LOG: Trash Humpers

It's 2010, and there are plenty things to be terrified about in today’s world. Trash Humpers throws one more log on the fire: old white people. Harmony Korine's latest nut-punch of a film is the story of three plucky 70-somethings (2 men and a woman,) wreaking havoc on what is ostensibly the very dirty south. Our heroes go around grinding on garbage bins, breaking shit, swearing in a ear-piercing, glass shattering shrieks, bellowing obtuse catchphrases like insane parrots ("Make it, don't take it, make it, don't take it!!!") and generally behaving like hooligans 50 years their junior. Season all this with a dash of good old fashioned southern deep-fried hatemongering, and voila! Along the way, they also encounter an endlessly colorful coterie of lowlifes and degenerates (including a wholesome evening of ass-slapping with a trio of call-girls.) But tempting as it is to label the film as shit for shit's sake, Korine somehow earns this outlandishness by fashioning the ugly circus into a kind of a warped morality tale.

It’s (probably?) a critique on the trailer trash culture of the Deep South (one character regularly sports a confederate flag t-shirt,) and as such, it’s poignant and truly frightening. One scene finds the three old folks gathered around on a rooftop to watch a scrawny, bearded drifter in a maid’s outfit deliver an impassioned nonsense soliloquy in nursery school rhyme. I couldn’t help but be reminded of a bunch of retirees at a dinner theater as they cackled wildly at him, breaking bottles on the ground, amused not by the words he spoke but with their own authority to make him dance and sing and talk for their disinterested pleasure.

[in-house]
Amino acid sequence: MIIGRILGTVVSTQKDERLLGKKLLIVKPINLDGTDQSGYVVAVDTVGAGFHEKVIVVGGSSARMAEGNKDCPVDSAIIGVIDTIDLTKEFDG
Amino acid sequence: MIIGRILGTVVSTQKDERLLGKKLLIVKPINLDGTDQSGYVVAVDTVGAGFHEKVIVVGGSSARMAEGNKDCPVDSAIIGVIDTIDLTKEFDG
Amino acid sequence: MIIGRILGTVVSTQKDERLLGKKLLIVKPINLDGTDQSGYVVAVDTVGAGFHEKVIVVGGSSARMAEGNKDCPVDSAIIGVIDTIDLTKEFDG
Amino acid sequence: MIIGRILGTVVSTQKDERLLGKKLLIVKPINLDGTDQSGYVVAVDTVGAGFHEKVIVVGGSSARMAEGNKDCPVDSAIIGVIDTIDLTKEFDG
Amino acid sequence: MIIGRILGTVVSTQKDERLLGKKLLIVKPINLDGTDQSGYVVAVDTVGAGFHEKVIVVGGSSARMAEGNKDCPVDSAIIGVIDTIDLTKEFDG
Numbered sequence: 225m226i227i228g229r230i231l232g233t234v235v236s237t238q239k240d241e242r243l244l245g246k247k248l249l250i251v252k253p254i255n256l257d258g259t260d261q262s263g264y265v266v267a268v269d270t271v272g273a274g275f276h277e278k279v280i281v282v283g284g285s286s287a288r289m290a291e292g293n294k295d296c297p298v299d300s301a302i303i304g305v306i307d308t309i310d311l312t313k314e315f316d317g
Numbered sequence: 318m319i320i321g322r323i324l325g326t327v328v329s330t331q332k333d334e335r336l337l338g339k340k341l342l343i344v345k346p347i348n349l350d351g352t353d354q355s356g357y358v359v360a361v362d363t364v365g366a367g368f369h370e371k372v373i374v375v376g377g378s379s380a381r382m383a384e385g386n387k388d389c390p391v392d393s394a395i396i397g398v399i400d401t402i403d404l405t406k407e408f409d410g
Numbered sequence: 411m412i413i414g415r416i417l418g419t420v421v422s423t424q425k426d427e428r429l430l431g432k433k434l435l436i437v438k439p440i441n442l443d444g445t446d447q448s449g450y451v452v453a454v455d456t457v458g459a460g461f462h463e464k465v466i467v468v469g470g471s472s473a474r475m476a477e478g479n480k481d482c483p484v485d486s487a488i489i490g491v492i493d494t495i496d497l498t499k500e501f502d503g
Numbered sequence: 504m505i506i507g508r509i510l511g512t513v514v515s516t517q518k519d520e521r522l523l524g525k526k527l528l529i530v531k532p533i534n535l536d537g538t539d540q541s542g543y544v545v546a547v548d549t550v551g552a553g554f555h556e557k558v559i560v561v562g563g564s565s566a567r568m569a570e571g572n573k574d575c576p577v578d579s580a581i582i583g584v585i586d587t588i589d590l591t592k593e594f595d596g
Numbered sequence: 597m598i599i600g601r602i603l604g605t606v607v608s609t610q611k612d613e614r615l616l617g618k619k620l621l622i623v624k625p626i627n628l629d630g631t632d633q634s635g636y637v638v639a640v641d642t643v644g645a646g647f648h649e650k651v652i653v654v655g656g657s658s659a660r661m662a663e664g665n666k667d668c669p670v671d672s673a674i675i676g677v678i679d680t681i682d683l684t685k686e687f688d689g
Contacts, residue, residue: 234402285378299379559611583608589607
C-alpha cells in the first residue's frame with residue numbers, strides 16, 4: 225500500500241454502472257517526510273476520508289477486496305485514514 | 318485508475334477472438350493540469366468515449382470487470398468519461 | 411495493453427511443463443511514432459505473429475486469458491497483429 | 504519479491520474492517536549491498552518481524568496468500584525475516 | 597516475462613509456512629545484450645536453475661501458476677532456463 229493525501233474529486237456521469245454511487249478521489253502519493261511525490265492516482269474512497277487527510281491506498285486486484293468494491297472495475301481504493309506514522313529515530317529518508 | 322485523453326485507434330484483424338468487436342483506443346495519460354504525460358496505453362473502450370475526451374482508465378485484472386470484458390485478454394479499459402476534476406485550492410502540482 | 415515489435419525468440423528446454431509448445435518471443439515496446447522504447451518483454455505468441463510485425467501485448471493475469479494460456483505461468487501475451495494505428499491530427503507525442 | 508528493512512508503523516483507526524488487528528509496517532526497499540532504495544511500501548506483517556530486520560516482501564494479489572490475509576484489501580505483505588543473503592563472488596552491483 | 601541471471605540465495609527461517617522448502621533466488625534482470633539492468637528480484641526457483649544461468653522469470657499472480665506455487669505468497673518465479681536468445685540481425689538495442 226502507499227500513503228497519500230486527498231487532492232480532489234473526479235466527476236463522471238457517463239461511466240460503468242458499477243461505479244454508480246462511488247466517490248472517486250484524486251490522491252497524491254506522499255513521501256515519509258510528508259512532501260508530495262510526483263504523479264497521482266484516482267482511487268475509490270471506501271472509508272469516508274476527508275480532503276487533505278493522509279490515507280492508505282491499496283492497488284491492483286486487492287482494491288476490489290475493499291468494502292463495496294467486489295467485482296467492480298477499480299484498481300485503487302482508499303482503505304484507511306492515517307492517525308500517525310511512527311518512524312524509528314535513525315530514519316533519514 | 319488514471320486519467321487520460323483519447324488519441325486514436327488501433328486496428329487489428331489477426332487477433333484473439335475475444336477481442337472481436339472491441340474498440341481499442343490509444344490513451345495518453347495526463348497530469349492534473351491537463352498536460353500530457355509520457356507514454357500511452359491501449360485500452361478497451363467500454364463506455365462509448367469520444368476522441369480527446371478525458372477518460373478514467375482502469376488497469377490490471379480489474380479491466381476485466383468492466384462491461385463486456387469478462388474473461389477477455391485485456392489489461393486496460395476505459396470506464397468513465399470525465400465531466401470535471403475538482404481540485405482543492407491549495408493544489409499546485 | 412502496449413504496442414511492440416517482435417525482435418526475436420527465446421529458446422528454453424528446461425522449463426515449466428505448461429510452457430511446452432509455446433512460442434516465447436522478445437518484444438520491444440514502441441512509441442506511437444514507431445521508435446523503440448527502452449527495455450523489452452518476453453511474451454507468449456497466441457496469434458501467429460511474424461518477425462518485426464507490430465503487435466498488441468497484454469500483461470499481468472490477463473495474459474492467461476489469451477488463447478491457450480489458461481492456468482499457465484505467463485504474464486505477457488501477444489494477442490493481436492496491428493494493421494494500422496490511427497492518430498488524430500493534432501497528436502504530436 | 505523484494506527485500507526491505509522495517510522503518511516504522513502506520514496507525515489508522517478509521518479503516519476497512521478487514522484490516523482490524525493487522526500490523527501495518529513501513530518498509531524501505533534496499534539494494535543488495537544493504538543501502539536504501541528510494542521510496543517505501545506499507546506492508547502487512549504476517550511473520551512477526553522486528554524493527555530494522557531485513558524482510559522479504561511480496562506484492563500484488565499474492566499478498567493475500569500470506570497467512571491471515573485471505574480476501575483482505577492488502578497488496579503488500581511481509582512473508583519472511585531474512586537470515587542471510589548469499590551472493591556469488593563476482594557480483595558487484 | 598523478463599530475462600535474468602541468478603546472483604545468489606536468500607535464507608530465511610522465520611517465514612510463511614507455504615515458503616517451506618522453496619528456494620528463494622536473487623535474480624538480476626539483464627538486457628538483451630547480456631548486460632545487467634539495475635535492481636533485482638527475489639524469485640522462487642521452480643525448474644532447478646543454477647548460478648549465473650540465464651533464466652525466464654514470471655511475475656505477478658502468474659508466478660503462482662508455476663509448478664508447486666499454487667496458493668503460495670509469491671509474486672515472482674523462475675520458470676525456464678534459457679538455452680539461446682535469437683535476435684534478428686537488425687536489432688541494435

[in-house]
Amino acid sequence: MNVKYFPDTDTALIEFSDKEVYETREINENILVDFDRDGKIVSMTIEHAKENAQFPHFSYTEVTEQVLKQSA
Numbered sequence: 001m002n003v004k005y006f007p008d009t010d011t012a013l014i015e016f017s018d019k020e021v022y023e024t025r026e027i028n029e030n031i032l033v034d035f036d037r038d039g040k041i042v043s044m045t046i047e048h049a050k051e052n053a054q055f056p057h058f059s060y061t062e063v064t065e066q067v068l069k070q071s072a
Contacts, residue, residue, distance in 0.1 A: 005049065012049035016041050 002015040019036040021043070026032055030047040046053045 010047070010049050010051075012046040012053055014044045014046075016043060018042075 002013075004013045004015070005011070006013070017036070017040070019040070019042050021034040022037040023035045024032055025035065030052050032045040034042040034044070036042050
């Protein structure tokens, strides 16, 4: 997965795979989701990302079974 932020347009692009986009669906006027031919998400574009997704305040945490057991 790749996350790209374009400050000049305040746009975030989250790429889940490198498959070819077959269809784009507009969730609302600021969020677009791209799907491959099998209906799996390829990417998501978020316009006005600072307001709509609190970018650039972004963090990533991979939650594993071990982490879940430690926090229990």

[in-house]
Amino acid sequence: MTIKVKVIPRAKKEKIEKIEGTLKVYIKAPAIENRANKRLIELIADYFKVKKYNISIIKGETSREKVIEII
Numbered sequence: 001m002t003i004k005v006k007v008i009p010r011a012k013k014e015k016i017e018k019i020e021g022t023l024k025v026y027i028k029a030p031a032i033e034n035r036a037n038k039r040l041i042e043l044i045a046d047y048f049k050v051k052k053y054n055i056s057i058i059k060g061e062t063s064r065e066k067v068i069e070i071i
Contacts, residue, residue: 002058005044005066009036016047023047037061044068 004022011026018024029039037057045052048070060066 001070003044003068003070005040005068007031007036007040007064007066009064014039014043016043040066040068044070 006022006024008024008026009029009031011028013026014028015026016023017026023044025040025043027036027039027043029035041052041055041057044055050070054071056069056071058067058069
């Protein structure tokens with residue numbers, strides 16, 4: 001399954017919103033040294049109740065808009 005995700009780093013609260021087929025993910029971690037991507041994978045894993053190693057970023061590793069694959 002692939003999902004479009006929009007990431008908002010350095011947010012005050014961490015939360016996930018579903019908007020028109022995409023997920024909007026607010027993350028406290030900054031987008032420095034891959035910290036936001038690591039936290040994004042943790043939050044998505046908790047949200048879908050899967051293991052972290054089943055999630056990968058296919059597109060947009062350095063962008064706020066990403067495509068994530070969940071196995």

Other moments (such as when a two-headed man servant makes them pancakes, which they flatly refuse to eat) are harder to decipher. But as a portrait of sub-suburban (nearly rural) decay, the nauseatingly intimate tone of the film is effective. The directors hope for the feel of 'found footage' is never totally realized, as he can't resist framing his shots, if ever briefly, and even (*gasp*) holding his camera relatively steady (thank God.) It's to his credit that he doesn't push the grim aesthetic any further, as it would only provoke many more viewers out of their seats and further obfuscate his ideas, which are a tough enough nut to crack as it is.

Trash Humpers ends with a compellingly bizarre and grotesque ending, as inscrutable as it is haunting and scary-sick. Korine's a polarizing figure, and for good reason, but though Trash Humpers is not an enjoyable watch, you may find it, as I did, strangely cathartic and well-aimed. These people do exist, if only in the barely-buried ids of thousands of uneducated, unwashed Americans, their evilness often thankfully reigned in by the chorus of bible-thumpers which overwhelm them in their little backwater towns. Trash Humpers doesn't mock its subject; it's serious as a heart attack about them, illuminating their disgustingness in a surprising and affecting way. It reminds you you're fighting the good fight.

In a cinematic year packed to the brim with shock cinema (The Killer Inside Me, The Human Centipede,) this is comparatively small potatoes (there's only one murder, which occurs off-screen.) But seeing that Korine’s film at least has some kind of discernable thesis behind it, it will probably end up being my favorite of the bunch.

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